Change Yourself…Change The World.


Musings On A Bus Ride At Midnight
February 21, 2012, 12:37 am
Filed under: Paraguay

I was on my way back from Encarnación (one of the largest cities in Paraguay, all the way south) last night after a wild celebration of Carnaval, South America’s biggest party of the year. After a couple of days of constant traveling, non-stop sweating from the intense heat, crashing on friend’s couches, and few and far showers in between, my body was literally aching to get back to my bed in Caazapá. As La Yuteña, my bus line, careened down a dirt road at midnight, I felt perpetually stuck in time, oscillating between sticking my head out the bus window in vain for a cool breeze, and then reeling it back in after choking on thick red dust.

Somewhere near the end of my six hour bus ride, the ride suddenly became packed. I don’t know why at least one hundred people suddenly decided to board a bus to Asunción at midnight, but this journey promptly dissolved into chaos; screaming babies, stout Paraguayan men clutching oversized bags, scrawny 12 year old boys trying to huddle in the aisle to sleep. Who knew the middle of the department of Caazapá, home to nothing except dirt roads and forest, held so many people? A mother clinging a baby with a cleft palate slowly pushed her way down the aisle, grasping onto the bus chairs with one hand for support as the 80 MPH bus showed no signs of slowing down. It’s midnight on the most packed bus of my life, and even the men aren’t offering her a seat. I stood up, bracing myself for the chaos as I offered her relief against the zoo of human bodies. Gratefully, the mother sank down into the bus seat, and I set up shop in the aisle.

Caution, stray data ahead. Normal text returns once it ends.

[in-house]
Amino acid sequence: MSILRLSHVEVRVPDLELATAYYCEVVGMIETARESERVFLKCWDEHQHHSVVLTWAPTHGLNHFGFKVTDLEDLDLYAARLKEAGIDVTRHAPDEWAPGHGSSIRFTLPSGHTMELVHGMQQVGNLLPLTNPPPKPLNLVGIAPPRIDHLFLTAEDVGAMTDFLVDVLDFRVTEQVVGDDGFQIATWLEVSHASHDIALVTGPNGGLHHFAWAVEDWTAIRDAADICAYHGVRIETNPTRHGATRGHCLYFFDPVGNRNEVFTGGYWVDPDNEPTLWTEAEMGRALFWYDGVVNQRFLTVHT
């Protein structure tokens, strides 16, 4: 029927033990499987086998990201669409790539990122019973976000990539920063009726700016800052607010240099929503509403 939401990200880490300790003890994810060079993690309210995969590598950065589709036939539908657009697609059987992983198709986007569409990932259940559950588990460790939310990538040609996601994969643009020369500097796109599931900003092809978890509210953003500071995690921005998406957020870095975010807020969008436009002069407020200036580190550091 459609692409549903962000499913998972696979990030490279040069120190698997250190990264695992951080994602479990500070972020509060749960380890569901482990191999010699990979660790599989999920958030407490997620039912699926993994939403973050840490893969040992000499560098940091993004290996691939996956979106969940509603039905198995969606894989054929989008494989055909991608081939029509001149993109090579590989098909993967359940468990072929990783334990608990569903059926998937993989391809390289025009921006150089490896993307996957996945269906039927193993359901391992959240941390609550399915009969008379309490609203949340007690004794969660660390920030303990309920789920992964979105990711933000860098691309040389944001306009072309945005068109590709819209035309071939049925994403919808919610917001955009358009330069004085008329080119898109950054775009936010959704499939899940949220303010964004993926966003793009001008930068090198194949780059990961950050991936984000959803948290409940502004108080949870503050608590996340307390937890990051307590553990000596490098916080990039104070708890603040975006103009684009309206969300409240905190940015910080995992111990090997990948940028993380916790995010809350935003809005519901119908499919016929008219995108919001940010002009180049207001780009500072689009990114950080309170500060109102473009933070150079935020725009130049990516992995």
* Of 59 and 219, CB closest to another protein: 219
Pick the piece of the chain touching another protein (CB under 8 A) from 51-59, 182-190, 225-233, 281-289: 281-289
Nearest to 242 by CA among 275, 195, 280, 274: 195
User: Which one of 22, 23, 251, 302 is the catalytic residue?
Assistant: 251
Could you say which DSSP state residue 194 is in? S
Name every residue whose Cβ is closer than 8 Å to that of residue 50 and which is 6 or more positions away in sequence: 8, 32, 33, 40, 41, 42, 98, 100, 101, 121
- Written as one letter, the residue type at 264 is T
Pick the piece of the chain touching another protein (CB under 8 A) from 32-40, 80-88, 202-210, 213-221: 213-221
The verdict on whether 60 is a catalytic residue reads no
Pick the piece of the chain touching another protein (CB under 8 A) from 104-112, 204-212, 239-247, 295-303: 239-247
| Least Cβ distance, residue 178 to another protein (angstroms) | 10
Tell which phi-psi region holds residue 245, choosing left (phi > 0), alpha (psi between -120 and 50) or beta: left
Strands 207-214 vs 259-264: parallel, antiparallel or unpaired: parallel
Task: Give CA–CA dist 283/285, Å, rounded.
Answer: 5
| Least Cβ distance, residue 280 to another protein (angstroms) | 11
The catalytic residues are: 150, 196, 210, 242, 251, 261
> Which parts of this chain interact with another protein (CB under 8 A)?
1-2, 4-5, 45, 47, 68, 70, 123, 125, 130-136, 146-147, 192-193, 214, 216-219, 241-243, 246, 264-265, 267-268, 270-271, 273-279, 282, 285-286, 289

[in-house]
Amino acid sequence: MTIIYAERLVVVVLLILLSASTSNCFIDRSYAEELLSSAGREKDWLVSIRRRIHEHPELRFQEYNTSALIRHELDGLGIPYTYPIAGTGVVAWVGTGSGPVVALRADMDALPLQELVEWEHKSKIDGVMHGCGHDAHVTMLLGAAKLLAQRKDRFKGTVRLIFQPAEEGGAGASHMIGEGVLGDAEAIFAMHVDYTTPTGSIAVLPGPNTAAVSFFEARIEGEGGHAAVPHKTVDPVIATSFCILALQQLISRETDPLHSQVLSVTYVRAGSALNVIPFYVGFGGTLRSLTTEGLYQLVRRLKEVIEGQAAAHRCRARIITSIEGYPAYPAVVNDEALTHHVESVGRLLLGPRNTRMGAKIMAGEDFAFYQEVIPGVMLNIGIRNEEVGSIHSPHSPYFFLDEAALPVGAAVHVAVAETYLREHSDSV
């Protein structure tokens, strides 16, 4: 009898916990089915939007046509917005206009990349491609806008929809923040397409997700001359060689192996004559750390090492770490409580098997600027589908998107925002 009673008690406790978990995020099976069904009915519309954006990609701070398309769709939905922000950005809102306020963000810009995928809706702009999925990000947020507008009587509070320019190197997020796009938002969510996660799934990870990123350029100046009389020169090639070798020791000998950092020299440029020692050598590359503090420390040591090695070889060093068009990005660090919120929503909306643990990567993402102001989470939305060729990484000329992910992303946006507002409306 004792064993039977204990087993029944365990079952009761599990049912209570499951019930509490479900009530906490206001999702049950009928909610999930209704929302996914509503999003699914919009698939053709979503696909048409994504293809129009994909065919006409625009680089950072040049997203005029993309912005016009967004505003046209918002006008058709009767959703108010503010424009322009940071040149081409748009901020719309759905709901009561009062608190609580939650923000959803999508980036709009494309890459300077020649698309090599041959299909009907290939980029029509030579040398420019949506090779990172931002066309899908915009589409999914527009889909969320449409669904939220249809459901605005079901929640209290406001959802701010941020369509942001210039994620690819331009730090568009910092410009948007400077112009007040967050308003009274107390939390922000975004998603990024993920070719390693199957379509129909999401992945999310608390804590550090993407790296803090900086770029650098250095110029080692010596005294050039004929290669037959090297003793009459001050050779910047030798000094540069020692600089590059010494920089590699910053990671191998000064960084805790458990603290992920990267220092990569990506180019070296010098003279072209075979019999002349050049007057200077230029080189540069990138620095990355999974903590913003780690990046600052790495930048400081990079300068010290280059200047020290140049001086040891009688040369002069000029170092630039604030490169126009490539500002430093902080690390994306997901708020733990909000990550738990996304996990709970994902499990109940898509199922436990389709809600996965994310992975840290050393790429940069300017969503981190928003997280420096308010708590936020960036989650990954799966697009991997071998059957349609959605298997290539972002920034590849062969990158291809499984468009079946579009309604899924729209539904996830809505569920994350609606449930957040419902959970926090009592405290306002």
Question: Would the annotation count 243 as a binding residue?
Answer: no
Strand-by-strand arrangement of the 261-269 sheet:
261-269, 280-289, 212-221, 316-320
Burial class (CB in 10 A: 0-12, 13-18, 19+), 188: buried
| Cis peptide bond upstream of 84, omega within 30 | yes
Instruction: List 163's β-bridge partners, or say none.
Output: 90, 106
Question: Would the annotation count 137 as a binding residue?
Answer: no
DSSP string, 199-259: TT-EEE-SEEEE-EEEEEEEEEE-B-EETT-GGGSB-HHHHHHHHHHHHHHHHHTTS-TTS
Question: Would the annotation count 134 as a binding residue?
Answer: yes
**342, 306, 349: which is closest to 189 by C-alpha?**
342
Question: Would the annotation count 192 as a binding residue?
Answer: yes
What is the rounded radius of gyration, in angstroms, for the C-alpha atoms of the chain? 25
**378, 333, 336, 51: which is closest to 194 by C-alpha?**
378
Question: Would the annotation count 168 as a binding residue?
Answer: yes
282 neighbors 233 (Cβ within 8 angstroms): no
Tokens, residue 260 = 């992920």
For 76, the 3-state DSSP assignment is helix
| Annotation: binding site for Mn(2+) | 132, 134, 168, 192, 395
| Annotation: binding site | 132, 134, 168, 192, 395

Next to her was another mother, tenderly holding a sleeping baby in her arms. I watched as they started to chatter in Guaraní, perhaps about their babies or the bus ride, or maybe just about their lives. Two women who got on the bus at different times, who had never met each other before, united in this crazy scenario.

And it made me think- perhaps these women will form a friendship. Perhaps they will continue to speak to each other after they get off the bus. Maybe they will be support systems for each other in raising their children, or getting through life in the middle of Caazapá. Or perhaps they will never speak to each other again at all. But I do know that their interaction with each other was made possible because I had been there; because I had existed on that bus, because I had a bus seat that I gave to the mother with the cleft palate child.

And even if I don’t accomplish anything in my service- maybe I don’t ever build anything significant, or change people’s lives for the better- maybe just the fact that I am existing in Paraguay right now is changing someone’s world. Maybe just because I merely existed to offer someone else a seat. Maybe.

 


2 Comments so far
Leave a comment

Now you are getting it! You just BEING there is the change you want to be……

Comment by Aleta katra

Awesome piece, Brittany, and yes, you make a difference every day, no matter how small or what to you may be inconsequential. Keep up the posts and pics.
– Shavon’s dad

Comment by Jay




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